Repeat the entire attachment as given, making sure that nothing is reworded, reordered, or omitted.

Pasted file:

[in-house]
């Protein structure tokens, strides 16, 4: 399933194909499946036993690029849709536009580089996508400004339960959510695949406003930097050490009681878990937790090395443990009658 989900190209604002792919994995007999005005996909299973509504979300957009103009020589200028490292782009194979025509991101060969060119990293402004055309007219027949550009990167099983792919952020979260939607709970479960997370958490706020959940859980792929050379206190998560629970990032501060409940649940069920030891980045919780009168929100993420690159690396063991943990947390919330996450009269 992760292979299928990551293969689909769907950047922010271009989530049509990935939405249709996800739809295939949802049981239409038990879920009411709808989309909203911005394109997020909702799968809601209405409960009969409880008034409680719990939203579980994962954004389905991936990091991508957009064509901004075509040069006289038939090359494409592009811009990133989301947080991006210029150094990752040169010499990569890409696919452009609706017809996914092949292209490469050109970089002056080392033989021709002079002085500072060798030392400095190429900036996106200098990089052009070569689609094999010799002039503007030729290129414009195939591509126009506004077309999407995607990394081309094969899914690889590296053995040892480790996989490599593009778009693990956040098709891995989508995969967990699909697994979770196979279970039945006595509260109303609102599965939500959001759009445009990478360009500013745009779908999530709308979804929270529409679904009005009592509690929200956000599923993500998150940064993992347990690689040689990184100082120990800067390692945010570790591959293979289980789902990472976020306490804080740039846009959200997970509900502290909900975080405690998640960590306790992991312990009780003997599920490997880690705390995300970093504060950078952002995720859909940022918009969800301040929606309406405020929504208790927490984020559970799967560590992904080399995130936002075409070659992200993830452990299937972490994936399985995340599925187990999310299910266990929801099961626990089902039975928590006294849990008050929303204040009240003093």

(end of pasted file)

[in-house]
């Protein structure tokens, strides 16, 4: 399933194909499946036993690029849709536009580089996508400004339960959510695949406003930097050490009681878990937790090395443990009658 989900190209604002792919994995007999005005996909299973509504979300957009103009020589200028490292782009194979025509991101060969060119990293402004055309007219027949550009990167099983792919952020979260939607709970479960997370958490706020959940859980792929050379206190998560629970990032501060409940649940069920030891980045919780009168929100993420690159690396063991943990947390919330996450009269 992760292979299928990551293969689909769907950047922010271009989530049509990935939405249709996800739809295939949802049981239409038990879920009411709808989309909203911005394109997020909702799968809601209405409960009969409880008034409680719990939203579980994962954004389905991936990091991508957009064509901004075509040069006289038939090359494409592009811009990133989301947080991006210029150094990752040169010499990569890409696919452009609706017809996914092949292209490469050109970089002056080392033989021709002079002085500072060798030392400095190429900036996106200098990089052009070569689609094999010799002039503007030729290129414009195939591509126009506004077309999407995607990394081309094969899914690889590296053995040892480790996989490599593009778009693990956040098709891995989508995969967990699909697994979770196979279970039945006595509260109303609102599965939500959001759009445009990478360009500013745009779908999530709308979804929270529409679904009005009592509690929200956000599923993500998150940064993992347990690689040689990184100082120990800067390692945010570790591959293979289980789902990472976020306490804080740039846009959200997970509900502290909900975080405690998640960590306790992991312990009780003997599920490997880690705390995300970093504060950078952002995720859909940022918009969800301040929606309406405020929504208790927490984020559970799967560590992904080399995130936002075409070659992200993830452990299937972490994936399985995340599925187990999310299910266990929801099961626990089902039975928590006294849990008050929303204040009240003093």